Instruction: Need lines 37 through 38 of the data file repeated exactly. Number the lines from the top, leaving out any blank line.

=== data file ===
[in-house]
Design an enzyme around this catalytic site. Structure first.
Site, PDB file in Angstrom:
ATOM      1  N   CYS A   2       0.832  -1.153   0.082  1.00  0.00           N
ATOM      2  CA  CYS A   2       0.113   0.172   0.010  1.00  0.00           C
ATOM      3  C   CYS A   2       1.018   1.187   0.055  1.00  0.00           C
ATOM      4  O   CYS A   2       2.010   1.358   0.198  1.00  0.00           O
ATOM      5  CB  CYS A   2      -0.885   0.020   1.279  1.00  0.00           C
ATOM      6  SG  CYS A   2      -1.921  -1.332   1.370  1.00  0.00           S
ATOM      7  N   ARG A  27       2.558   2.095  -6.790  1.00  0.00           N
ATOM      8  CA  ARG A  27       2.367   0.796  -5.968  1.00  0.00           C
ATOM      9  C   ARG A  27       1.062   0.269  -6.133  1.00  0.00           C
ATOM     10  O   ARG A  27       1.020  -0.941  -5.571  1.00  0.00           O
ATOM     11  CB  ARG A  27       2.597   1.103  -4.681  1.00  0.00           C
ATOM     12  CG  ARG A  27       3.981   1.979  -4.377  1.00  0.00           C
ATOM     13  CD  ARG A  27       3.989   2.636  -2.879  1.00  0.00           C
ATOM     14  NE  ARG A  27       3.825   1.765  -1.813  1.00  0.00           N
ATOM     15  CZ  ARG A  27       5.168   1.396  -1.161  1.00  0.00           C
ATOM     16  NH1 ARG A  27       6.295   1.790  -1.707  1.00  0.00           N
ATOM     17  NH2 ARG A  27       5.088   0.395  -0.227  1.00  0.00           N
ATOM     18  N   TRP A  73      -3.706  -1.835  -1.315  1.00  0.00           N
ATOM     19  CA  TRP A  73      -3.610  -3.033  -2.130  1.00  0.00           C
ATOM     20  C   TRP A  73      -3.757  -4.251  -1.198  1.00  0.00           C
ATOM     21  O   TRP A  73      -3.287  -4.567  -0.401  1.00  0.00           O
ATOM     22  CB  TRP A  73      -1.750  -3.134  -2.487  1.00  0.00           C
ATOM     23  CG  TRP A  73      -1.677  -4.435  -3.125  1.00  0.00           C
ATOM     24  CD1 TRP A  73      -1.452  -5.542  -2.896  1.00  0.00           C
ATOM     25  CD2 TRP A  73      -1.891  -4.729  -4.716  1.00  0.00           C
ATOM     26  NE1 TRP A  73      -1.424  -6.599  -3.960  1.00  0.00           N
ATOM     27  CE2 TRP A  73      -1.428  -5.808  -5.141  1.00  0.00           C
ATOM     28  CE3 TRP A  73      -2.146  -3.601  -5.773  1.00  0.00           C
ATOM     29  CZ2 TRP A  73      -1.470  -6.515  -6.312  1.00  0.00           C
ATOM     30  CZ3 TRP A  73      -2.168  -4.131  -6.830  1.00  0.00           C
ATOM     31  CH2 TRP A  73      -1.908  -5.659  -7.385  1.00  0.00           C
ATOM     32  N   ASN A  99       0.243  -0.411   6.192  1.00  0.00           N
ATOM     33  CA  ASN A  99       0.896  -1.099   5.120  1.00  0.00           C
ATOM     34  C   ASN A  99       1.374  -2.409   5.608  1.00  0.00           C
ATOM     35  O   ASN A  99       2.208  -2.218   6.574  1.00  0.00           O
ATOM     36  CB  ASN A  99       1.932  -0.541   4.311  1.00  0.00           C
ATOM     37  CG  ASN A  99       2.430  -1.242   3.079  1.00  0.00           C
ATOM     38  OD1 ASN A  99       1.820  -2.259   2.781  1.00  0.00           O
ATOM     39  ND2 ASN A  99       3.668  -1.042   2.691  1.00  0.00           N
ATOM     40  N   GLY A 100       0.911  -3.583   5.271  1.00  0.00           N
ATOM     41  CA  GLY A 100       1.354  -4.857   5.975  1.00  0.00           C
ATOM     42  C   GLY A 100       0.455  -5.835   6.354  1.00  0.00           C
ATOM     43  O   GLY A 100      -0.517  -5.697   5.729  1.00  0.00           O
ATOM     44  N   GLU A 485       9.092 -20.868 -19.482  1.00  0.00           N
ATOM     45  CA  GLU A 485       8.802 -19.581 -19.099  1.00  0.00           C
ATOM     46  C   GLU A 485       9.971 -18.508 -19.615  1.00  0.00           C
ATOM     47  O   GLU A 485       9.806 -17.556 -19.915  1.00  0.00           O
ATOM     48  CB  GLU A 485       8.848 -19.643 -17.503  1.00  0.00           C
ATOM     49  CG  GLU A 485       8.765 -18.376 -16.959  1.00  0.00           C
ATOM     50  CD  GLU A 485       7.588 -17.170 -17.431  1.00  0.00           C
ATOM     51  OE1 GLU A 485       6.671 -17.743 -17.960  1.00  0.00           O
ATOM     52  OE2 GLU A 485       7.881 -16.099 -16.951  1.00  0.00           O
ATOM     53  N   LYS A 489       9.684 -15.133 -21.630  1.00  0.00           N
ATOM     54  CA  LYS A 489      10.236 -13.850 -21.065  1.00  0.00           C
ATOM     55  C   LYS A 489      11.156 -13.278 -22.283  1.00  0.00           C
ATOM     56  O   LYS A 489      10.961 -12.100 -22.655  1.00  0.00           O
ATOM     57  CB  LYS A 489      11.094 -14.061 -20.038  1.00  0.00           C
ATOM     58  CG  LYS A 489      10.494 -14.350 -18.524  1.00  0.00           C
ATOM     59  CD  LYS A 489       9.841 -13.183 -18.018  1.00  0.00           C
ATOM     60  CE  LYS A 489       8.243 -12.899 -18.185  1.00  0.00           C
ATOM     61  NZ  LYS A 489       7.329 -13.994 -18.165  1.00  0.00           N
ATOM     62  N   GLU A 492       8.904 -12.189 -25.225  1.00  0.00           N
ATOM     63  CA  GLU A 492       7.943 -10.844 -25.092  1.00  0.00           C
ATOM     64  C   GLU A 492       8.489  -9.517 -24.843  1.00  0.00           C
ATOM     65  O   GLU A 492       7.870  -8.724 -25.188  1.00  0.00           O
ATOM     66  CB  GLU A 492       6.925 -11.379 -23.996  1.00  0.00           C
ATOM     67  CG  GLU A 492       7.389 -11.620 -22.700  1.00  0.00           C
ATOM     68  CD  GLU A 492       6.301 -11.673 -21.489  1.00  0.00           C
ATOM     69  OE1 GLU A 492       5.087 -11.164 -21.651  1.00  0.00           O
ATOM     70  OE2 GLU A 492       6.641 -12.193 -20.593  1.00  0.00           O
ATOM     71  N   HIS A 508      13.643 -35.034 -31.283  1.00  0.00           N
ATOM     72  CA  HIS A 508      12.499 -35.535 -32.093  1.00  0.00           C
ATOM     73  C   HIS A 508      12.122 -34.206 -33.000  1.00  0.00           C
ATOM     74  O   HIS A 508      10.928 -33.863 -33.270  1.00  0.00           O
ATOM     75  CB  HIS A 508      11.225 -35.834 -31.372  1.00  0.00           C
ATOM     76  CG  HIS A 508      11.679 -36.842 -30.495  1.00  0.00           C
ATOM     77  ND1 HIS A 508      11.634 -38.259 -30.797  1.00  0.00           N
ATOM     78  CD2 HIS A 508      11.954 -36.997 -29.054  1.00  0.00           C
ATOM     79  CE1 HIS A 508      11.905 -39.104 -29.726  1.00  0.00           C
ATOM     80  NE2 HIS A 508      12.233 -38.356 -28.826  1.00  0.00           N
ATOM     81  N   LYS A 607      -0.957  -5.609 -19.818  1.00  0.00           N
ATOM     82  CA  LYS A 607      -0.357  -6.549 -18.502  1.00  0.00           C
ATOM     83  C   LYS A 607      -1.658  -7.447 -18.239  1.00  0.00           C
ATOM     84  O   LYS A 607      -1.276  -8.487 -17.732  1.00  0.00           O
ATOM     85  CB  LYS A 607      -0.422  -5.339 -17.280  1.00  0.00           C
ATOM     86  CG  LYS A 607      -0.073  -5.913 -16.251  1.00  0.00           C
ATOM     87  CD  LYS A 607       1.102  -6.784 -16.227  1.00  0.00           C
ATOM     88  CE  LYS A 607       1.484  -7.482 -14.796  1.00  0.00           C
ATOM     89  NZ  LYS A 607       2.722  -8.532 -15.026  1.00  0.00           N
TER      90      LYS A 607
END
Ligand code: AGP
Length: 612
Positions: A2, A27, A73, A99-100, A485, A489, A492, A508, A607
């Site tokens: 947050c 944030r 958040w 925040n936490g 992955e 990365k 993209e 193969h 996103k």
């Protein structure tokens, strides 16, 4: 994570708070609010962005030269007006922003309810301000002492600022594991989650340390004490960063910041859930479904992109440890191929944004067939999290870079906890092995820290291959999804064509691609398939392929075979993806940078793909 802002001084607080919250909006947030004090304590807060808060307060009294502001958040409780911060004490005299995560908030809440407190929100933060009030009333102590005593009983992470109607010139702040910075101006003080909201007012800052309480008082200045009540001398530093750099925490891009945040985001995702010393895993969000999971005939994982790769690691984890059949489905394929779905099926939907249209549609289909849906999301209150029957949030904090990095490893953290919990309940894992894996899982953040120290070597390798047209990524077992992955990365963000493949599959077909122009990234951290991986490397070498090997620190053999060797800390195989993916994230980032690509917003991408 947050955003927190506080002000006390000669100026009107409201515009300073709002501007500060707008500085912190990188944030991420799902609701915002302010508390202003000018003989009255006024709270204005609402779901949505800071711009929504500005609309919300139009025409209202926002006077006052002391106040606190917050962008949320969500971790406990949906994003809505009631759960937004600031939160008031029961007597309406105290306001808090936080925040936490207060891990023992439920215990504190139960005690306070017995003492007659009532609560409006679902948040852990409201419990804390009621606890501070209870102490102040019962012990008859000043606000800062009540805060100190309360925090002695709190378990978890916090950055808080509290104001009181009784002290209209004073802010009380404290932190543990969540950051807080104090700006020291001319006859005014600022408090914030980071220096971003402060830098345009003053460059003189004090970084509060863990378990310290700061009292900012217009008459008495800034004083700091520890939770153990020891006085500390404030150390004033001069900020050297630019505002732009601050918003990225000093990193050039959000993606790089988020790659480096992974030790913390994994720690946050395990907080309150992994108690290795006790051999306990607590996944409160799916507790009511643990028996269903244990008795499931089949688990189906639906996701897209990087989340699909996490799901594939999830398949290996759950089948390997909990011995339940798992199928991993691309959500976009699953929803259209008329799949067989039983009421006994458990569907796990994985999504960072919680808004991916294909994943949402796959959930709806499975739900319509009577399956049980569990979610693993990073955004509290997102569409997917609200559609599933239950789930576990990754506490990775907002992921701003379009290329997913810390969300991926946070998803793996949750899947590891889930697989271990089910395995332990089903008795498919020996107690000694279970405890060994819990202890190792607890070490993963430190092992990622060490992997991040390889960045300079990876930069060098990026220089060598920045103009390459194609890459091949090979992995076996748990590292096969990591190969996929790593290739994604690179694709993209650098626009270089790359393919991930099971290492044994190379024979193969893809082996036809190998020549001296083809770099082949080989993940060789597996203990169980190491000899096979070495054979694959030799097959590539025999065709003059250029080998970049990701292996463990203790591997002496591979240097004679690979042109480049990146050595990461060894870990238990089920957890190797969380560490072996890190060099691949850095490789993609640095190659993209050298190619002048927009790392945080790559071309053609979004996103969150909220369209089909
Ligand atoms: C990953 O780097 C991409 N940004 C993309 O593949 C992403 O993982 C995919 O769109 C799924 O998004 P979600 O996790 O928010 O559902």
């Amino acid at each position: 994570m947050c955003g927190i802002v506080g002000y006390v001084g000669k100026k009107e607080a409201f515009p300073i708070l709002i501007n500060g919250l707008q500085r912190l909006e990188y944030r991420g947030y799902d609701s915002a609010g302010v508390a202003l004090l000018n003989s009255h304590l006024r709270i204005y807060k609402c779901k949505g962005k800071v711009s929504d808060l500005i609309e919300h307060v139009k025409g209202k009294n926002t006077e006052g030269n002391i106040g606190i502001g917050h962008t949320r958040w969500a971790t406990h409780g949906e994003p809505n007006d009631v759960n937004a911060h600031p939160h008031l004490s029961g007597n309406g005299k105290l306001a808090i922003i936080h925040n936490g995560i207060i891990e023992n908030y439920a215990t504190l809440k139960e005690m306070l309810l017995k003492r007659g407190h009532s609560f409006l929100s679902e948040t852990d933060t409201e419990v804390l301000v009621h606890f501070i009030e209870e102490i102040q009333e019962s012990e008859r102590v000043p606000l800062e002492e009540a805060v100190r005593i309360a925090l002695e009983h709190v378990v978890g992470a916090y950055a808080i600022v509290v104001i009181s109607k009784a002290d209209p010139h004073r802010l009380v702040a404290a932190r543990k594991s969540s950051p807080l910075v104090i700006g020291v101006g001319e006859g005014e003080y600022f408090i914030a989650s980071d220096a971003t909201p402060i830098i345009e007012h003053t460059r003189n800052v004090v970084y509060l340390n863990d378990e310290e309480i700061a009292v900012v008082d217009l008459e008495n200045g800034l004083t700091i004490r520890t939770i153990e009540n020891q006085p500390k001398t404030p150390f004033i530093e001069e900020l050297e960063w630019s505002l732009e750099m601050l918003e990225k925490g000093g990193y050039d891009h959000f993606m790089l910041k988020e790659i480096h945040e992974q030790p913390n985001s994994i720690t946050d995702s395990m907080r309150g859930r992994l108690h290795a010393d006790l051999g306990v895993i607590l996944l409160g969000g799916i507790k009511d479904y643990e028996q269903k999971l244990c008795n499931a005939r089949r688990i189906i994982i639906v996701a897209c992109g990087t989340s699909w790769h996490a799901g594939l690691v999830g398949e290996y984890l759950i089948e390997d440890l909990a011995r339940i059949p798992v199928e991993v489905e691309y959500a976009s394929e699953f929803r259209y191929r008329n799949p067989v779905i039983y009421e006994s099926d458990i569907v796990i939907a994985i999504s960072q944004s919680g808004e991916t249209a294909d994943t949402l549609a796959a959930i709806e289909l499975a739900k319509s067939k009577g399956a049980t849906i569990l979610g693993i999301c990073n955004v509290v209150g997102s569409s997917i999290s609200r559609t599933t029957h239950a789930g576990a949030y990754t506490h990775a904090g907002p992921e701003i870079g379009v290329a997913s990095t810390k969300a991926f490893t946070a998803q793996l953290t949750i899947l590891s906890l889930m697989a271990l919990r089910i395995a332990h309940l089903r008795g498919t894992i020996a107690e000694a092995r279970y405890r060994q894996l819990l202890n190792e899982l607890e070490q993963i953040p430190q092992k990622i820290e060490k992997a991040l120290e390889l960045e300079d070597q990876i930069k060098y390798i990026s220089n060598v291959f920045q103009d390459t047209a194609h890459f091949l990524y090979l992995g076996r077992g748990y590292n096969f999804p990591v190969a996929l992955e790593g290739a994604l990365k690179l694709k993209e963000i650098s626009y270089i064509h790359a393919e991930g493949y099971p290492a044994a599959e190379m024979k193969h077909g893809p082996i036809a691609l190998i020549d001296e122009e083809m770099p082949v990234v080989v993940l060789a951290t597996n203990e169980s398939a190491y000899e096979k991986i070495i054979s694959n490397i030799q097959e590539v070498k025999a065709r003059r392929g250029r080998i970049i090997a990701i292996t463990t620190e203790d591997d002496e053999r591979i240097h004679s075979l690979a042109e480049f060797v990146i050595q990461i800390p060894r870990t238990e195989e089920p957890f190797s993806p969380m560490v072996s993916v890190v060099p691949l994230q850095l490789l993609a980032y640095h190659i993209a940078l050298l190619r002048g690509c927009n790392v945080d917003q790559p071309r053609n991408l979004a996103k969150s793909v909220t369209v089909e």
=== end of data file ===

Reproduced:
ATOM     34  C   ASN A  99       1.374  -2.409   5.608  1.00  0.00           C
ATOM     35  O   ASN A  99       2.208  -2.218   6.574  1.00  0.00           O